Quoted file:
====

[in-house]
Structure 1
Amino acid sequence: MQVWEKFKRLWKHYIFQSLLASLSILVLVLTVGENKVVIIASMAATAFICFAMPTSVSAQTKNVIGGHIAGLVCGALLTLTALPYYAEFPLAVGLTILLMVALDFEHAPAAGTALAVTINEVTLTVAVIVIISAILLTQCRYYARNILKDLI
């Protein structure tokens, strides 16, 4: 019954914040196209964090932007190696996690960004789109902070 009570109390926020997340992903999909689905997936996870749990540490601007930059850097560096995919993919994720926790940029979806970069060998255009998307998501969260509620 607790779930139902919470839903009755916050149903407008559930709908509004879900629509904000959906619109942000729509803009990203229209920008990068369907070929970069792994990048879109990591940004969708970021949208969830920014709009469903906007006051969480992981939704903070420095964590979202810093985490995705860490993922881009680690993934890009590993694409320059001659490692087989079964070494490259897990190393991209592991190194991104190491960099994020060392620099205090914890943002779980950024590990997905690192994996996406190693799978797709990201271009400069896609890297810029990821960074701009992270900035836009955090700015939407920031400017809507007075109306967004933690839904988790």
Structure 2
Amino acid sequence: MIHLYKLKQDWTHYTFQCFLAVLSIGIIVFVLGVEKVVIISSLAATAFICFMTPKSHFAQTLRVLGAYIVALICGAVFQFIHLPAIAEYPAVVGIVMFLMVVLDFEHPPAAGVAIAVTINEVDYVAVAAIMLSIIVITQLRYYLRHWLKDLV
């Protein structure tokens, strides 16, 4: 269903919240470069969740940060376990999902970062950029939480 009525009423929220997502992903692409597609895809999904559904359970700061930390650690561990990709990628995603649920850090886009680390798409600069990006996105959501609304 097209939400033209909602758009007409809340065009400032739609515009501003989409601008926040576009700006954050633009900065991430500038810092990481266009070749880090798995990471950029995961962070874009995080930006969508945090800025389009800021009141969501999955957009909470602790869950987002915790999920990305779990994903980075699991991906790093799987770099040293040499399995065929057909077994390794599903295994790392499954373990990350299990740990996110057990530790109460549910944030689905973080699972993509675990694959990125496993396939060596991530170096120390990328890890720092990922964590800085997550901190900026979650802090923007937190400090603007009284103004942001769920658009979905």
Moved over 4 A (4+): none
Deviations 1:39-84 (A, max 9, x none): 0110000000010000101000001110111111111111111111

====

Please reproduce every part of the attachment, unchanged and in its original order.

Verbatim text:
[in-house]
Structure 1
Amino acid sequence: MQVWEKFKRLWKHYIFQSLLASLSILVLVLTVGENKVVIIASMAATAFICFAMPTSVSAQTKNVIGGHIAGLVCGALLTLTALPYYAEFPLAVGLTILLMVALDFEHAPAAGTALAVTINEVTLTVAVIVIISAILLTQCRYYARNILKDLI
């Protein structure tokens, strides 16, 4: 019954914040196209964090932007190696996690960004789109902070 009570109390926020997340992903999909689905997936996870749990540490601007930059850097560096995919993919994720926790940029979806970069060998255009998307998501969260509620 607790779930139902919470839903009755916050149903407008559930709908509004879900629509904000959906619109942000729509803009990203229209920008990068369907070929970069792994990048879109990591940004969708970021949208969830920014709009469903906007006051969480992981939704903070420095964590979202810093985490995705860490993922881009680690993934890009590993694409320059001659490692087989079964070494490259897990190393991209592991190194991104190491960099994020060392620099205090914890943002779980950024590990997905690192994996996406190693799978797709990201271009400069896609890297810029990821960074701009992270900035836009955090700015939407920031400017809507007075109306967004933690839904988790």
Structure 2
Amino acid sequence: MIHLYKLKQDWTHYTFQCFLAVLSIGIIVFVLGVEKVVIISSLAATAFICFMTPKSHFAQTLRVLGAYIVALICGAVFQFIHLPAIAEYPAVVGIVMFLMVVLDFEHPPAAGVAIAVTINEVDYVAVAAIMLSIIVITQLRYYLRHWLKDLV
């Protein structure tokens, strides 16, 4: 269903919240470069969740940060376990999902970062950029939480 009525009423929220997502992903692409597609895809999904559904359970700061930390650690561990990709990628995603649920850090886009680390798409600069990006996105959501609304 097209939400033209909602758009007409809340065009400032739609515009501003989409601008926040576009700006954050633009900065991430500038810092990481266009070749880090798995990471950029995961962070874009995080930006969508945090800025389009800021009141969501999955957009909470602790869950987002915790999920990305779990994903980075699991991906790093799987770099040293040499399995065929057909077994390794599903295994790392499954373990990350299990740990996110057990530790109460549910944030689905973080699972993509675990694959990125496993396939060596991530170096120390990328890890720092990922964590800085997550901190900026979650802090923007937190400090603007009284103004942001769920658009979905």
Moved over 4 A (4+): none
Deviations 1:39-84 (A, max 9, x none): 0110000000010000101000001110111111111111111111